The last 42 miles passed quickly and we arrived at the Mass Maritime Academy around 1:30.
(Marc, Tony, Dave, and Bill after arriving at MMA on day 1)
We were greeted by David's dad upon arrival at MMA. He works there every year checking riders in when they show up. This year we had a special treat, bicycle valets. David's wife Claire and her cousin Karen were our valets and parked our bikes upon arrival.
The weather was perfect for hanging out on the quad by the ocean at MMA. It was a fun afternoon of eating, drinking, and swapping stories with friends about the day's ride. There was one sad part to the afternoon. It happened when I went up to the massage tent and noticed a woman sitting there surrounded by friends. She looked familiar but I guess I didn't notice who she was as she had an oxygen mask on. When I left the massage area a friend of mine came up to me and said, "did you see Beth by the massage tent"? I replied, "no, was she in line for a massage?" "No, she was the one hooked up to the oxygen tank. She's battling end stage cancer." It hit me like a ton of bricks. I had no idea. Beth Kavanaugh was a rider that was part of a group of cyclists I have known over the years. She had been riding the PMC a year longer than I have. She was a very pleasant person and dedicated PMC rider and fund raiser.
Being associated with the PMC you get to see and hear your share of cancer stories. It's always tough and occasionally has a happy ending due to a cure or breakthrough. It's really tough when it hits one of the riders you've come to know over the years and it brings it even closer to the point of, this can happen to me. It doesn't matter how old, what kind of shape you're in, cancer just doesn't discriminate. There were a group of us that wore bracelets that weekend that said "Beth Strong", a play on the "Livestrong" bracelets the Lance Armstrong Foundation had been selling to raise money for cancer research. This was our way of supporting her in her time of need.
Ok, back to the day. We wrapped Saturday up with a fantastic dinner at the Beechmoor restaurant in Bourne as we do every year. As usual, we're greeted like royalty. The owner had our banquet table setup, our special foods brought in and prepared, and we had a meal second to none we have all year long. This year she made special golf towels for our team saying "Beastmoor", a play on our team name and the restaurant name. It's pretty nice of her to do just for the dozen of us on the team.
(The Bestmoor golf towel)
We wrapped up dinner at 8:00 and headed back for a good night's sleep as we would be up by 4:00am and riding by 5:30/6:00.
Sunday morning came quick and it was looking like another beautiful day was in store for us. This was heaven to have 2 back to back great days of cycling. We were on the road by 6 AM and on our way to P-Town. The ride over the Bourne bridge was a bit shaky with all those riders crammed into one lane. However, the incredible sunrise made it all worth it. The miles just seemed to fly by. Our core crew of Dave, Wayne, Eric, and Tony started out together but we ended up dropping Dave again unfortunately. The rest of us just felt so good that we really pushed it at a very quick pace all day. Just about 40 miles into Sunday's ride we head into Brewster and the signs start to appear for "Da Hedge". "Da Hedge" is like it sounds, a very long hedge in front of the "Cape Cod Sea Camp". The signs start around 10 miles before telling us just how far to "Da Hedge". Those not familiar with this wonder what the heck this is all about. The rest of us know it means an entire camp full of cheering kids and staff will be out there screaming and cheering as you go by. It's incredible. The cheering is so uplifting it nearly picks you up off your saddle as you go by. We have people out along the course both days cheering us on but this is by far the largest group and definitely the most colorful and loudest we see during the two day ride. The second water stop is a couple miles past "Da Hedge" and we basically fly there after being cheered on.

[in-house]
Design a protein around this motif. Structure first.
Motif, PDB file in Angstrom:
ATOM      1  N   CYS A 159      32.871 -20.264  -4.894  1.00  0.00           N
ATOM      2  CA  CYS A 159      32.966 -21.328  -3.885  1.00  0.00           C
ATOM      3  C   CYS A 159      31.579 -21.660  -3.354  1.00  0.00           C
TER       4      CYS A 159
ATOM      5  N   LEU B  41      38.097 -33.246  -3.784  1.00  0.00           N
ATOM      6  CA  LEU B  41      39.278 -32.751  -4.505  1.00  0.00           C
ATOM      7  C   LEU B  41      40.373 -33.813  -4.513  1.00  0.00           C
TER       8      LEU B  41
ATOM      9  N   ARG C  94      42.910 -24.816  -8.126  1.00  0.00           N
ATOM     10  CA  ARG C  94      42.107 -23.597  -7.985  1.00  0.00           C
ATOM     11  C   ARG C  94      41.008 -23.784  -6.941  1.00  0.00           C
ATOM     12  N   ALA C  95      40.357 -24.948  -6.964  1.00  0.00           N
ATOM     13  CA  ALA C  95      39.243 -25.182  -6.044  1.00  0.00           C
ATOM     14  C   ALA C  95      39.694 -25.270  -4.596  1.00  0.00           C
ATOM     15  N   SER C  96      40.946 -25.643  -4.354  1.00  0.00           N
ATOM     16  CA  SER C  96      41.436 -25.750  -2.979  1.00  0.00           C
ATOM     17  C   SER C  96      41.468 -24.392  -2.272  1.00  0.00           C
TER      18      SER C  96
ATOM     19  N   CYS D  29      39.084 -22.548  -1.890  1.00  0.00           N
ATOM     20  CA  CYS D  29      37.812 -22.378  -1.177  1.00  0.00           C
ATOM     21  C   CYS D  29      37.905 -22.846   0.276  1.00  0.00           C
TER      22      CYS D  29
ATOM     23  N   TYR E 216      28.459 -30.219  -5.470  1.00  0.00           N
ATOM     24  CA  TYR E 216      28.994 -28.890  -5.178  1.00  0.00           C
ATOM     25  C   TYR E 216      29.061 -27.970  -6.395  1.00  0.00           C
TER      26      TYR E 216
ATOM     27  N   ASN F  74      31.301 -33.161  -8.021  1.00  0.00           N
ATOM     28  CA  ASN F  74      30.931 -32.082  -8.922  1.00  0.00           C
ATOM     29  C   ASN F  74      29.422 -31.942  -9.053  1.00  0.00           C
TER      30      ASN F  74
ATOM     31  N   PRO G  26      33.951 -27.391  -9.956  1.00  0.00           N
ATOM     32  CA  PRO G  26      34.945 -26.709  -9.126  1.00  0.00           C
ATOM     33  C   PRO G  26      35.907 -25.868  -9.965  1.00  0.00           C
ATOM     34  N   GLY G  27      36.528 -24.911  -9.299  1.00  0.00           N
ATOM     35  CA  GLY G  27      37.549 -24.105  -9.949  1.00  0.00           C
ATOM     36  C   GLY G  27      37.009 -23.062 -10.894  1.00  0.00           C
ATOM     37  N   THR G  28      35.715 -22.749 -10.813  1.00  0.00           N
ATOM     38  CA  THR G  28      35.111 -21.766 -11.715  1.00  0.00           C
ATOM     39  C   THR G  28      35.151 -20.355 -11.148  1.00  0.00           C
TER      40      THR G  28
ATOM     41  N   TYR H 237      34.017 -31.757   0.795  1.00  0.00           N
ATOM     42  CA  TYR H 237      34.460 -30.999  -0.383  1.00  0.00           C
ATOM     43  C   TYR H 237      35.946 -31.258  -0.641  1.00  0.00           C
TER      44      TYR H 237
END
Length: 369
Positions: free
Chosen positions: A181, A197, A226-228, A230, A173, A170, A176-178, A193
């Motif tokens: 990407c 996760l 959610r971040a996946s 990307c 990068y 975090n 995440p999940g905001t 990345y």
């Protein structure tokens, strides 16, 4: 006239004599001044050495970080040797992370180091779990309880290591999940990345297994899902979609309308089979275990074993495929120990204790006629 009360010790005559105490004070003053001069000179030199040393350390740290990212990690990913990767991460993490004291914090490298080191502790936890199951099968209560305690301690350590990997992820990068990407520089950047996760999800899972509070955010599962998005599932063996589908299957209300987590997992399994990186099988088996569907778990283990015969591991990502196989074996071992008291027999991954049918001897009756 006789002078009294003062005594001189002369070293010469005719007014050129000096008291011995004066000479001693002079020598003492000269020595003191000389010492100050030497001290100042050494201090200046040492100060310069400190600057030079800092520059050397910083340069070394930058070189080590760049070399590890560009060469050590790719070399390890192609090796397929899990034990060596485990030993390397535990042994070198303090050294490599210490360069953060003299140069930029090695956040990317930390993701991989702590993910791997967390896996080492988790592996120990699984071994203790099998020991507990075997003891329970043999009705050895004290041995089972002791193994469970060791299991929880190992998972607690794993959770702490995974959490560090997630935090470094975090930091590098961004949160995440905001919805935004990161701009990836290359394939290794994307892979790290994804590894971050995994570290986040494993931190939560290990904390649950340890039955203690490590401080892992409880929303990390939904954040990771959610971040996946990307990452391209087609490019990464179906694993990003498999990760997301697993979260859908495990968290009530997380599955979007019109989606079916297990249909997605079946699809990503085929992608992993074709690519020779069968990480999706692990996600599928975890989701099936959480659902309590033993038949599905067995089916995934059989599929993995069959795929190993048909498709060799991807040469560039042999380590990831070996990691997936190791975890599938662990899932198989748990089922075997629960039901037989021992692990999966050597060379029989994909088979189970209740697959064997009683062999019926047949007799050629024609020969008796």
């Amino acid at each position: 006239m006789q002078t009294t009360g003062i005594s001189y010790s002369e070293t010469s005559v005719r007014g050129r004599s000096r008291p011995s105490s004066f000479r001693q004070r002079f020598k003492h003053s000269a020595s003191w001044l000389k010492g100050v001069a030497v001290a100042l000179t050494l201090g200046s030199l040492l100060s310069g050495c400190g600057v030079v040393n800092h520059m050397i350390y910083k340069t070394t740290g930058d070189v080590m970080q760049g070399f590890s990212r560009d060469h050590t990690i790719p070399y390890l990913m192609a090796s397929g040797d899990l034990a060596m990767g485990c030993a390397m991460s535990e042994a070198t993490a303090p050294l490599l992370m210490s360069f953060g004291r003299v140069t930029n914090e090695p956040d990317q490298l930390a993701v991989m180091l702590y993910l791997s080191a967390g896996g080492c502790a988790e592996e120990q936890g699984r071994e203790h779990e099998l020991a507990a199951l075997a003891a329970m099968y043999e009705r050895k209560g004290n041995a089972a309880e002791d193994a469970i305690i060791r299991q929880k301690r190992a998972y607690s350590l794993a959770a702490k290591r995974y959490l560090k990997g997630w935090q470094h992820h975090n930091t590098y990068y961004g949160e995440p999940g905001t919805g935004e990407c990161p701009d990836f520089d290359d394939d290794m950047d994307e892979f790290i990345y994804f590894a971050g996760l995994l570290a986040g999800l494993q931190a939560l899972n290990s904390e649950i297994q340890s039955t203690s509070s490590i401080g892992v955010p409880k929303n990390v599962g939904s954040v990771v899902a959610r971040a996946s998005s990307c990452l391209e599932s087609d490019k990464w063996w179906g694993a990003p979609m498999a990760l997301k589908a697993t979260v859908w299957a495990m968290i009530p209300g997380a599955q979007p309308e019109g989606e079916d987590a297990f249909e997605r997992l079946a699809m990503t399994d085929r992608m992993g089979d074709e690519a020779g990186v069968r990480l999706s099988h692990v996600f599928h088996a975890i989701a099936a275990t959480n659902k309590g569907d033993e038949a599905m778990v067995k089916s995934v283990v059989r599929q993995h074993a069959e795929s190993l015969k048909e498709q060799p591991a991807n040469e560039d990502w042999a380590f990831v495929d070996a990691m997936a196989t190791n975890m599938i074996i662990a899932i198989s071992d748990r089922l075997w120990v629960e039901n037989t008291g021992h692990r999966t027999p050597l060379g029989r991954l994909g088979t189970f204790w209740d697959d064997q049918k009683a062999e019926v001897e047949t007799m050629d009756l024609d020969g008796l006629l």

(Sunrise on the Bourne Bridge)
(Bill and Wayne riding through the dunes in P-Town)
The rest of the miles passed quickly after the second stop. It's incredible to think of an 85 mile ride as a short, easy ride. Especially since, contrary to popular belief, the Cape is NOT flat. The miles do go by quick for us veterans and we crossed the finish line in Provincetown at just before 11:00.
(Bill, Eric, and Tony after arriving in P-Town)
The riding was done and it was time to relax and enjoy. Warm showers were waiting for us and once we were cleaned up we put our luggage and bikes on trucks and it was time to eat, drink and relax. This is a common theme for the weekend. The difference with Sunday is we didn't have to be to concerned with getting up and riding again on Monday :-) It was a great day in P-Town. We left the Inn and headed into town for a stop at our usual watering hole, the Governor Bradford, for a pop with friends before boarding the Ferry for the party back to Boston. P-Town is always an interesting experience. After a couple drinks, it's time to board the Ferry. The band was on the top deck tuning up and ready to play for the ride back. The same band we've had for years, the "12 Oh One Blues Band", was there and ready to rock. As usual, there you have the 1000 plus cyclists that opt for the party boat back. You'd think ths crew would be tired but they're up there dancing and partying all the way back to Boston for the 3 hour tour... We arrive in Boston around 7 PM to the Boston Fire Boat Greeting and the crowds of cheering family members. It's a little sad as this is the end of our weekend. For most of us we won't see each other till the following year. We say our goodbyes, head off to our rides, and another ride has come to an end.
(Fireboat greeting in Boston Harbor)
Thank you again for letting me ride on your behalf. It was truly an honor. I'm sorry it took so long for me to get my trip report out this year. Things got very busy for me after the ride. A dose of reality came to a lot of us 2 weeks after the ride when Beth, the woman I mentioned earlier in this letter, lost her battle and passed away. We learned the end was near on a Sunday morning when we were heading out for a ride. We dedicated the ride to her and when we got home we learned that she had passed. Beth was an inspiration to many of us and she will be missed. We will all continue to ride and hopefully one day we can say that cancer has been beaten and maybe our kids kids will know of it only by reading about it in history books. That's my dream anyway.
Till next year,